Young people looking for work are regularly faced with the problem of needing experience in order to get a job, but they can’t get a job without experience – the “chicken and egg” situation which we all recognise.
Employers regularly talk of graduates and school-leavers who are looking for work but don’t have any real-world experience. Again, this is something we recognise. It’s not unnatural for employers to expect some experience, after all, there are inevitably some young people who have managed to acquire experience “somehow”, albeit probably unrelated to their chosen field.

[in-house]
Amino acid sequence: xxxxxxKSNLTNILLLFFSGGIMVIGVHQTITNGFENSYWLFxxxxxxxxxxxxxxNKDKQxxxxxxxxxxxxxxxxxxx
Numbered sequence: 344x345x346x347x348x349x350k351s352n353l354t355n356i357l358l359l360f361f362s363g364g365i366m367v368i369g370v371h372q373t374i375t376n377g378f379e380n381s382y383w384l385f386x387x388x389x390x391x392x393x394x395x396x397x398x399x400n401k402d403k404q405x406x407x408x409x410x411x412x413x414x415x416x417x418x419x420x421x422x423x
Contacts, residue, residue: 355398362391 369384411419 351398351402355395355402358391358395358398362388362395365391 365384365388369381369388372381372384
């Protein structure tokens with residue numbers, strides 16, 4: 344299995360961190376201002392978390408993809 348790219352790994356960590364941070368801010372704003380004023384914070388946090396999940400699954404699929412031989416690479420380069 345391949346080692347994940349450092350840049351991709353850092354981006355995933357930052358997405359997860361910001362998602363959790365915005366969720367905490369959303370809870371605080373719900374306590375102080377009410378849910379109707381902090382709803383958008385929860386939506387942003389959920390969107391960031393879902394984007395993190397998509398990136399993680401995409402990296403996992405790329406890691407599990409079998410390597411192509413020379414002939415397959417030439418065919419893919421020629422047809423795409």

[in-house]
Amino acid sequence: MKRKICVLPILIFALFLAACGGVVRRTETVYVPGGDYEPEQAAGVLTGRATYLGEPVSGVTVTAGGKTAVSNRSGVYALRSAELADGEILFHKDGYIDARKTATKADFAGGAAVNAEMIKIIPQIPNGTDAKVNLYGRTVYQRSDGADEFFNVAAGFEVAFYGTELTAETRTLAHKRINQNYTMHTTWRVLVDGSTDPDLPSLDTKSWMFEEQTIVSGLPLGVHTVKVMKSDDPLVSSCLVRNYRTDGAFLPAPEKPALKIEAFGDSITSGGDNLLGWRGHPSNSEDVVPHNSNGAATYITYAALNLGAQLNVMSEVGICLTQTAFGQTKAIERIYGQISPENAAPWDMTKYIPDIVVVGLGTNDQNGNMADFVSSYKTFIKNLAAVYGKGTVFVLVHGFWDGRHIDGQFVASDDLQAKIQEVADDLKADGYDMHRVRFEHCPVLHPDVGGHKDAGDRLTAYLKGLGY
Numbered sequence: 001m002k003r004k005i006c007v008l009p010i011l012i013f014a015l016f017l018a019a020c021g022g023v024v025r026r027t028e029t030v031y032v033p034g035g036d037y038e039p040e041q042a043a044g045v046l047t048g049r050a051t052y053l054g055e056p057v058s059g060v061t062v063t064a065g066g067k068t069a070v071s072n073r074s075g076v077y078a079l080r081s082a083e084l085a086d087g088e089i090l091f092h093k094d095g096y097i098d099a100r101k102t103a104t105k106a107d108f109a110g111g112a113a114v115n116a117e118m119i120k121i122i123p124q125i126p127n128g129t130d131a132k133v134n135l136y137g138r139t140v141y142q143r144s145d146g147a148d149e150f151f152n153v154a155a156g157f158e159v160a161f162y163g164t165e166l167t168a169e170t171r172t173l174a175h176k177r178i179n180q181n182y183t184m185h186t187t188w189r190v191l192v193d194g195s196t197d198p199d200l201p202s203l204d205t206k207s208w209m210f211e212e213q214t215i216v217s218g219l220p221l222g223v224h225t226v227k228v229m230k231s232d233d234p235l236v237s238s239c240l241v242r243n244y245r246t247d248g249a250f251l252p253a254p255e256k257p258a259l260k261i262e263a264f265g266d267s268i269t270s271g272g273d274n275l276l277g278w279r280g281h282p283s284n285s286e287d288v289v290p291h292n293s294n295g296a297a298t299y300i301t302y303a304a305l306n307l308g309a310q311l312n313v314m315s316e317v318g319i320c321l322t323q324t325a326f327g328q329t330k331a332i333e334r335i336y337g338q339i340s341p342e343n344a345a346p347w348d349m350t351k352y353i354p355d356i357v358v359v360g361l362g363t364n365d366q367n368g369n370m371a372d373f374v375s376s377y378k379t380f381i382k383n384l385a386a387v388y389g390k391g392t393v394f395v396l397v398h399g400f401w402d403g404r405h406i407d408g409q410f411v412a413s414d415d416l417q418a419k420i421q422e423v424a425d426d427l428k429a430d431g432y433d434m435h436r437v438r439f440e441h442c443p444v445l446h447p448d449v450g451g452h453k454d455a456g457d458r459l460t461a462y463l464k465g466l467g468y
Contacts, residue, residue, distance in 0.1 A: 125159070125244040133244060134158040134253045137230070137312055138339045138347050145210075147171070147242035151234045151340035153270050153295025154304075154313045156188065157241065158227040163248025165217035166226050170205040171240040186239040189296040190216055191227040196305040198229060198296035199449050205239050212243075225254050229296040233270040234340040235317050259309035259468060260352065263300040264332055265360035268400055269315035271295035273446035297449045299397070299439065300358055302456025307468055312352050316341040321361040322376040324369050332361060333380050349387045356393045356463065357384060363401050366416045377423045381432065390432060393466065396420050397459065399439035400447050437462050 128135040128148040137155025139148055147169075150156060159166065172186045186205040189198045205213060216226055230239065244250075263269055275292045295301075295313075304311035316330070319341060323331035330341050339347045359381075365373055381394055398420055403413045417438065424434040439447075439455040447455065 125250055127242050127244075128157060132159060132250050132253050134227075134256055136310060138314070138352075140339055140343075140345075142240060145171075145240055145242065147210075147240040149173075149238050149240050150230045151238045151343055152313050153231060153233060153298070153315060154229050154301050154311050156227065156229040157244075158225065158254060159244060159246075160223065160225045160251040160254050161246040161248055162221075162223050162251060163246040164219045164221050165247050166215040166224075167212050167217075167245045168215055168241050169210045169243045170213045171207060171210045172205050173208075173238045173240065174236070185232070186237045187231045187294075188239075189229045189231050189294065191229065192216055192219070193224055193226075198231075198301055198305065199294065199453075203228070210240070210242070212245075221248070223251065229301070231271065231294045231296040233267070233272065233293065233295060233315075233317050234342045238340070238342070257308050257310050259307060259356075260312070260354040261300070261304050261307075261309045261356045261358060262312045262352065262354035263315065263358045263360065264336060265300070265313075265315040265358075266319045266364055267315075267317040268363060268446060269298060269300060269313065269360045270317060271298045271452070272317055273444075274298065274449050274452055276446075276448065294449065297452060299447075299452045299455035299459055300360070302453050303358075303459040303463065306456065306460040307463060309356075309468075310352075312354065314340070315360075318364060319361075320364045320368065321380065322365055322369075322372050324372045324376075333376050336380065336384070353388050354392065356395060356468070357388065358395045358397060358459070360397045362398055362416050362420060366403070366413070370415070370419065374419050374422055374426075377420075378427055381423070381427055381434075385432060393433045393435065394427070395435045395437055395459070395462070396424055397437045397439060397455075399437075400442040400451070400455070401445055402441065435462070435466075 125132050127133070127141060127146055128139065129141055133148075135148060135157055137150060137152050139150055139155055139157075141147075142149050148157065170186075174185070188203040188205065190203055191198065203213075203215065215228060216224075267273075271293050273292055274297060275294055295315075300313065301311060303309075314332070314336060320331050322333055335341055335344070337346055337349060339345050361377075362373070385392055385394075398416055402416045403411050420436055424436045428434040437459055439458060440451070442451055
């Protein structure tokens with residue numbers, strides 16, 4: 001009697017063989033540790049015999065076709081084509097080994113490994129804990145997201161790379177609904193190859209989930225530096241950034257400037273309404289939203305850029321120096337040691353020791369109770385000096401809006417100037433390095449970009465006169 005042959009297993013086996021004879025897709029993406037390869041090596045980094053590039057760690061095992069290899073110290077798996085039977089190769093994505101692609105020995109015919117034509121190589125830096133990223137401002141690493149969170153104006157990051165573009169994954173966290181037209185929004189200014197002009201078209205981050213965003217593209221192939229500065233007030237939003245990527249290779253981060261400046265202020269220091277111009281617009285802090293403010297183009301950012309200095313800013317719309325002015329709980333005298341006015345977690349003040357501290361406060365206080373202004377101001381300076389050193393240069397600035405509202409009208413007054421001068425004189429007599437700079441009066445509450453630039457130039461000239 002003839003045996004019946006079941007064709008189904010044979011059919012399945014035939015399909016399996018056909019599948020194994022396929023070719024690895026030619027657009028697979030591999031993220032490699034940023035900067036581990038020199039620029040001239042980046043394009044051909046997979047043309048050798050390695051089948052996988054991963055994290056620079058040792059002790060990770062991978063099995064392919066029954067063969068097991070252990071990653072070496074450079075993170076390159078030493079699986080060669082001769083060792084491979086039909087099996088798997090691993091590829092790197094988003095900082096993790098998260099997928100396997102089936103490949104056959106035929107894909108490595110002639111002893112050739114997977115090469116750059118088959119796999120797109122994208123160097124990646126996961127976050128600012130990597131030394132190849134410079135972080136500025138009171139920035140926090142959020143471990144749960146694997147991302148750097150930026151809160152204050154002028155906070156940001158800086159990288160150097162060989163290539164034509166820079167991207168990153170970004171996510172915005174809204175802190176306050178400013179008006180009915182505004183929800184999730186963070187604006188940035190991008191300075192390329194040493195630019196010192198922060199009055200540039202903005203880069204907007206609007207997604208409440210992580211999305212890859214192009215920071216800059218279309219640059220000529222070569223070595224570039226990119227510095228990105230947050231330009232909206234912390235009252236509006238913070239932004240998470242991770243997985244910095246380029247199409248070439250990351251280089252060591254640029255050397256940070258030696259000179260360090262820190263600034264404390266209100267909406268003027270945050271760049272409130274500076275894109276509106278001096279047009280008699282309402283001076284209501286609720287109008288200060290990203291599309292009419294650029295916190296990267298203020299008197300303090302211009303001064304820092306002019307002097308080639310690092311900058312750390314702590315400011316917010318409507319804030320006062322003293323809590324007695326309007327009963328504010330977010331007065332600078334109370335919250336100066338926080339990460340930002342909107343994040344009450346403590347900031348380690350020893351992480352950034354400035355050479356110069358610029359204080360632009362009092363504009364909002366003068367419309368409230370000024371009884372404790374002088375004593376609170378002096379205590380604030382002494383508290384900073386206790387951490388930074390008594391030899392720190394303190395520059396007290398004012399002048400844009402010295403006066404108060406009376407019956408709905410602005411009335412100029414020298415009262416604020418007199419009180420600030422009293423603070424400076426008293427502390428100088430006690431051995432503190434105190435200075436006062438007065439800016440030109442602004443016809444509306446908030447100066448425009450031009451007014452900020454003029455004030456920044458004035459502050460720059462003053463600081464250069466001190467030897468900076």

It’s absolutely not fair, and it can’t be right. The problem is that we’re so used to the idea that “life isn’t fair”, that we justify this situation to ourselves and take no action to improve it. The result is that we continue the stand-off, and nobody wins.
Here’s a radical thought… Let’s accept that it’s not fair. But at the same time, why not do something to make it fairer?
- Employers who seek experience in young recruits should also be prepared to offer places where experience can be acquired
- Employers should offer places on a “no experience needed” basis
This is a little like the idea of “for every tree we chop down, we plant at least one to replace it”. Because we value experience, we help create it.
Employers should take a share of the responsibility for creating the experience.
- It needn’t be costly
- It needn’t be time-consuming
- It needn’t be a major commitment
It will never be completely fair, but employers can (and should) make it fairer.